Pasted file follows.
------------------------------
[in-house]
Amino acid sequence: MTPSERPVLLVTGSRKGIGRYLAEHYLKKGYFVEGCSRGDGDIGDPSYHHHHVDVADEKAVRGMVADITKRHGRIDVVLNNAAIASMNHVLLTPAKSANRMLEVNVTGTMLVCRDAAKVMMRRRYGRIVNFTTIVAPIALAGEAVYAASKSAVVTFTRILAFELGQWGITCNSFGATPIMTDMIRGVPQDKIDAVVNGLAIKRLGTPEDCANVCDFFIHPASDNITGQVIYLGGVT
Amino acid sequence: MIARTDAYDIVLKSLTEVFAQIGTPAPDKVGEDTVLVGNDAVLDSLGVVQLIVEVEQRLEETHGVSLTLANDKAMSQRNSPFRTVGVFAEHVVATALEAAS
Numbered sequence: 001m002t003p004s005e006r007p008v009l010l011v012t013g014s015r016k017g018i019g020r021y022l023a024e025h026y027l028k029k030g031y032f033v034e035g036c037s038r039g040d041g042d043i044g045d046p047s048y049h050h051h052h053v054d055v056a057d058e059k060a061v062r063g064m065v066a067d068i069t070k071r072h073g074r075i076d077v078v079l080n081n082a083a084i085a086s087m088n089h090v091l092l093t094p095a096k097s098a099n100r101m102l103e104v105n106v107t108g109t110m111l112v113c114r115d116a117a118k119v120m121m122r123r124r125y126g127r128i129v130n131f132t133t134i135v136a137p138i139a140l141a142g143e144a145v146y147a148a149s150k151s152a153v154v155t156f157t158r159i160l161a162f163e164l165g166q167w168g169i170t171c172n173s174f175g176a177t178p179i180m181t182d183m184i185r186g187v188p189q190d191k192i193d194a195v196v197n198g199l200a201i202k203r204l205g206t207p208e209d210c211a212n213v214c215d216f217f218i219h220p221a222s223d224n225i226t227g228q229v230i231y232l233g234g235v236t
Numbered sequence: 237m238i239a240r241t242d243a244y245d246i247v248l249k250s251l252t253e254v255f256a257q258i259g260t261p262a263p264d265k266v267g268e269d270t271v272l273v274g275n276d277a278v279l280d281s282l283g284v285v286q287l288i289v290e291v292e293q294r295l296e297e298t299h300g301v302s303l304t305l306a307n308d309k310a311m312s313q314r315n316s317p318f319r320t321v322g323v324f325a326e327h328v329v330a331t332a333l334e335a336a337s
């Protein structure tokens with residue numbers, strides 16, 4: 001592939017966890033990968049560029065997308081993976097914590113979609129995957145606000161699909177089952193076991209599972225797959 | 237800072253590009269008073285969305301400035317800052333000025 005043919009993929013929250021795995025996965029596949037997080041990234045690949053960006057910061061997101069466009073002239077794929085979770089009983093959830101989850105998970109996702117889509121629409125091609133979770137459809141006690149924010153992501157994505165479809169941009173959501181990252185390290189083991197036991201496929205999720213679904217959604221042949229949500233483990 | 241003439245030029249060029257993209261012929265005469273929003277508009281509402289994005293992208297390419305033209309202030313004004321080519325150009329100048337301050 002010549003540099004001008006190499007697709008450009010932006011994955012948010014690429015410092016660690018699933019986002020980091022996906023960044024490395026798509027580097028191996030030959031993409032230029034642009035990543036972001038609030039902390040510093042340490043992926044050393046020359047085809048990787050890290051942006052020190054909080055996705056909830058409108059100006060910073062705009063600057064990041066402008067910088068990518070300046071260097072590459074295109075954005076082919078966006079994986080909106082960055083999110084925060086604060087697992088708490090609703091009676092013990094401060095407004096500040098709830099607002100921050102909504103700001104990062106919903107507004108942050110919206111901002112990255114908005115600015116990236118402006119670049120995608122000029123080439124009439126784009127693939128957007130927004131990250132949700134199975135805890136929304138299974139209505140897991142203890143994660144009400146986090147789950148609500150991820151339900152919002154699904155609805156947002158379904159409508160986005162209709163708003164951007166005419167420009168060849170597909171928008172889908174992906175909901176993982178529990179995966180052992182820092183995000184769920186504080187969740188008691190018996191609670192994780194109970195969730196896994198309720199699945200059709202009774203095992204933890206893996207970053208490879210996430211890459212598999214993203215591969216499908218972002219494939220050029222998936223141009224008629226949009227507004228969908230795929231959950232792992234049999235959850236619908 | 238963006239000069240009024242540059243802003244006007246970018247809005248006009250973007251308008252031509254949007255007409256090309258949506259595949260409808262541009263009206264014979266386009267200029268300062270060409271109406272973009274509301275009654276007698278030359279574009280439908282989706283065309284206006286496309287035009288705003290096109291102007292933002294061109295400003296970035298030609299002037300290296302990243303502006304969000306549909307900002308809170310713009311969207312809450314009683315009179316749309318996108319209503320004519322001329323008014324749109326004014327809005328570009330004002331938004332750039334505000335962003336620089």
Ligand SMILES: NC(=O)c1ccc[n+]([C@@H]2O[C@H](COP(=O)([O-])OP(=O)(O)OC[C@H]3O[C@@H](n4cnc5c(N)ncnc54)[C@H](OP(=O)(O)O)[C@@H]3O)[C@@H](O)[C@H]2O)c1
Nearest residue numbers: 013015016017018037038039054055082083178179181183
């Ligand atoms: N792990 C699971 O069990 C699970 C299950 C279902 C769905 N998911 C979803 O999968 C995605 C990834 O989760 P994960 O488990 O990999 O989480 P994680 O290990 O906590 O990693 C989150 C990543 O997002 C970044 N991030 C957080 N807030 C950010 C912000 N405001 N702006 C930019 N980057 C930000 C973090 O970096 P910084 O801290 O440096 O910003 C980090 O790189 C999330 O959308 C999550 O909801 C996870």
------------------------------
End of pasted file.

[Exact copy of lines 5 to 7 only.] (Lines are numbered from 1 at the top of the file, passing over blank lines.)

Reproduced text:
Numbered sequence: 237m238i239a240r241t242d243a244y245d246i247v248l249k250s251l252t253e254v255f256a257q258i259g260t261p262a263p264d265k266v267g268e269d270t271v272l273v274g275n276d277a278v279l280d281s282l283g284v285v286q287l288i289v290e291v292e293q294r295l296e297e298t299h300g301v302s303l304t305l306a307n308d309k310a311m312s313q314r315n316s317p318f319r320t321v322g323v324f325a326e327h328v329v330a331t332a333l334e335a336a337s
């Protein structure tokens with residue numbers, strides 16, 4: 001592939017966890033990968049560029065997308081993976097914590113979609129995957145606000161699909177089952193076991209599972225797959 | 237800072253590009269008073285969305301400035317800052333000025 005043919009993929013929250021795995025996965029596949037997080041990234045690949053960006057910061061997101069466009073002239077794929085979770089009983093959830101989850105998970109996702117889509121629409125091609133979770137459809141006690149924010153992501157994505165479809169941009173959501181990252185390290189083991197036991201496929205999720213679904217959604221042949229949500233483990 | 241003439245030029249060029257993209261012929265005469273929003277508009281509402289994005293992208297390419305033209309202030313004004321080519325150009329100048337301050 002010549003540099004001008006190499007697709008450009010932006011994955012948010014690429015410092016660690018699933019986002020980091022996906023960044024490395026798509027580097028191996030030959031993409032230029034642009035990543036972001038609030039902390040510093042340490043992926044050393046020359047085809048990787050890290051942006052020190054909080055996705056909830058409108059100006060910073062705009063600057064990041066402008067910088068990518070300046071260097072590459074295109075954005076082919078966006079994986080909106082960055083999110084925060086604060087697992088708490090609703091009676092013990094401060095407004096500040098709830099607002100921050102909504103700001104990062106919903107507004108942050110919206111901002112990255114908005115600015116990236118402006119670049120995608122000029123080439124009439126784009127693939128957007130927004131990250132949700134199975135805890136929304138299974139209505140897991142203890143994660144009400146986090147789950148609500150991820151339900152919002154699904155609805156947002158379904159409508160986005162209709163708003164951007166005419167420009168060849170597909171928008172889908174992906175909901176993982178529990179995966180052992182820092183995000184769920186504080187969740188008691190018996191609670192994780194109970195969730196896994198309720199699945200059709202009774203095992204933890206893996207970053208490879210996430211890459212598999214993203215591969216499908218972002219494939220050029222998936223141009224008629226949009227507004228969908230795929231959950232792992234049999235959850236619908 | 238963006239000069240009024242540059243802003244006007246970018247809005248006009250973007251308008252031509254949007255007409256090309258949506259595949260409808262541009263009206264014979266386009267200029268300062270060409271109406272973009274509301275009654276007698278030359279574009280439908282989706283065309284206006286496309287035009288705003290096109291102007292933002294061109295400003296970035298030609299002037300290296302990243303502006304969000306549909307900002308809170310713009311969207312809450314009683315009179316749309318996108319209503320004519322001329323008014324749109326004014327809005328570009330004002331938004332750039334505000335962003336620089």
Ligand SMILES: NC(=O)c1ccc[n+]([C@@H]2O[C@H](COP(=O)([O-])OP(=O)(O)OC[C@H]3O[C@@H](n4cnc5c(N)ncnc54)[C@H](OP(=O)(O)O)[C@@H]3O)[C@@H](O)[C@H]2O)c1